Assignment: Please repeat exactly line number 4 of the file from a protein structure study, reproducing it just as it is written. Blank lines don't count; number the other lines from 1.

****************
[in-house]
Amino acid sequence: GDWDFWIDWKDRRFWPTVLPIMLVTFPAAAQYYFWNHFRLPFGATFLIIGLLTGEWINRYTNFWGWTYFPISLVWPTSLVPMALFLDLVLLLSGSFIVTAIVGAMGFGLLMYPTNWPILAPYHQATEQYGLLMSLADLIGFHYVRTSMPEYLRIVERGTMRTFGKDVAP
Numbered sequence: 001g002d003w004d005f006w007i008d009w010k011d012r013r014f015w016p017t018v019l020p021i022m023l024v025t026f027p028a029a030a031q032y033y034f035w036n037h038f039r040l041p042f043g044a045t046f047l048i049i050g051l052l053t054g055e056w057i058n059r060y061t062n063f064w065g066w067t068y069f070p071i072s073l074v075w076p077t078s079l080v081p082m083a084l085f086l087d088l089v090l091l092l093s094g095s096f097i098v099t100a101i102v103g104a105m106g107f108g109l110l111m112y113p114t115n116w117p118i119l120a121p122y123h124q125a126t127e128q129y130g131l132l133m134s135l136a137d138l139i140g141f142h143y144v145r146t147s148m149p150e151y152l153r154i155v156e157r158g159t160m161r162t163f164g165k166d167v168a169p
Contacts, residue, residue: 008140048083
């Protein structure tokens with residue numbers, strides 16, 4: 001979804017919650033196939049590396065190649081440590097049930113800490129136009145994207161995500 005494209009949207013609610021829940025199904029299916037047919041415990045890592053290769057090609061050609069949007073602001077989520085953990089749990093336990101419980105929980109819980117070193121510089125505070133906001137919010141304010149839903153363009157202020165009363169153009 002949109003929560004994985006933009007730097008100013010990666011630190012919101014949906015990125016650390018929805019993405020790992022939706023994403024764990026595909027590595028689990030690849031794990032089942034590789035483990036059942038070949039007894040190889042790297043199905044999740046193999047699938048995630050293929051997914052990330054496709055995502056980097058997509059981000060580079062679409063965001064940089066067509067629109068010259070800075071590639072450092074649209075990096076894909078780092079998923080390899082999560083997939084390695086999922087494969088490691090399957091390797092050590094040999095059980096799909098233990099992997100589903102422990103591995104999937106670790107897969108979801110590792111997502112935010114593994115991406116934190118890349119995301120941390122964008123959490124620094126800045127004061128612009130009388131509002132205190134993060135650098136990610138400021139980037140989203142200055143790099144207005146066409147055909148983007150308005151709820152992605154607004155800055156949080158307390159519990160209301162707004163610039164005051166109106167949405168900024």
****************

Contacts, residue, residue: 008140048083